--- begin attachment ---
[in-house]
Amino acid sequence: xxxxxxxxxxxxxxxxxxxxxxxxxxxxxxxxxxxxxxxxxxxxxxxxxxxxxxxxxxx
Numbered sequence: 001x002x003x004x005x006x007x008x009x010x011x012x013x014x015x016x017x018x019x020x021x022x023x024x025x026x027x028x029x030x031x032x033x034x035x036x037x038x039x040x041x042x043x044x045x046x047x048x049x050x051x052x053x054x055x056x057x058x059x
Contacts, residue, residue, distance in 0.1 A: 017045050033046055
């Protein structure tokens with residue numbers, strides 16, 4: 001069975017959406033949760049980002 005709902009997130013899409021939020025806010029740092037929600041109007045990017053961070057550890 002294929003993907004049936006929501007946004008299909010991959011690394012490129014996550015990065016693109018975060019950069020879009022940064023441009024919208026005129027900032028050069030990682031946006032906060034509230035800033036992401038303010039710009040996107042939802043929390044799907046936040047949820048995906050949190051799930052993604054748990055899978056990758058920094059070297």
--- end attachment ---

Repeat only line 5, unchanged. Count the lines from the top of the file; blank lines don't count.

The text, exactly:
């Protein structure tokens with residue numbers, strides 16, 4: 001069975017959406033949760049980002 005709902009997130013899409021939020025806010029740092037929600041109007045990017053961070057550890 002294929003993907004049936006929501007946004008299909010991959011690394012490129014996550015990065016693109018975060019950069020879009022940064023441009024919208026005129027900032028050069030990682031946006032906060034509230035800033036992401038303010039710009040996107042939802043929390044799907046936040047949820048995906050949190051799930052993604054748990055899978056990758058920094059070297």